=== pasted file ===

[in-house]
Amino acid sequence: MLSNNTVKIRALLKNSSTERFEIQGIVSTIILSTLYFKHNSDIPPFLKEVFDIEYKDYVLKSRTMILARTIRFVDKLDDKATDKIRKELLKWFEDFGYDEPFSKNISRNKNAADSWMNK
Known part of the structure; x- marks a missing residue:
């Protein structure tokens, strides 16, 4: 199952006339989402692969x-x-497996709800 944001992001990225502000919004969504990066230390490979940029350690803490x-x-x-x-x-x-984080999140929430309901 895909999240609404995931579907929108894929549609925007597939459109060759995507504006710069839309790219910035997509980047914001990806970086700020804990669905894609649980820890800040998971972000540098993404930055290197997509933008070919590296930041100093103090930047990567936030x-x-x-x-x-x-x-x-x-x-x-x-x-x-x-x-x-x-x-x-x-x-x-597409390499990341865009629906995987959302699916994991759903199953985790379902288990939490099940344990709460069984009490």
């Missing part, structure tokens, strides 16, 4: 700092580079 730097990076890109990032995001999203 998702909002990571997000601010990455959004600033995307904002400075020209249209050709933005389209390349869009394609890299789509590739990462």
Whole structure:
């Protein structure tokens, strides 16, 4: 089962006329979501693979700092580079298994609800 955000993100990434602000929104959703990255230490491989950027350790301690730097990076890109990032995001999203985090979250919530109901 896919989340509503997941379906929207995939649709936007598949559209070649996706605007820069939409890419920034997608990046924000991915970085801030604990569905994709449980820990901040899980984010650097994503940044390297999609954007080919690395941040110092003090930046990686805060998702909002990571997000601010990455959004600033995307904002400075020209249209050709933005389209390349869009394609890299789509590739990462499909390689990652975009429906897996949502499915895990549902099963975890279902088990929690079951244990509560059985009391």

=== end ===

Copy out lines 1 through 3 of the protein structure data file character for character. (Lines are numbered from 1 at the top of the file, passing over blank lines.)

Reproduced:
[in-house]
Amino acid sequence: MLSNNTVKIRALLKNSSTERFEIQGIVSTIILSTLYFKHNSDIPPFLKEVFDIEYKDYVLKSRTMILARTIRFVDKLDDKATDKIRKELLKWFEDFGYDEPFSKNISRNKNAADSWMNK
Known part of the structure; x- marks a missing residue: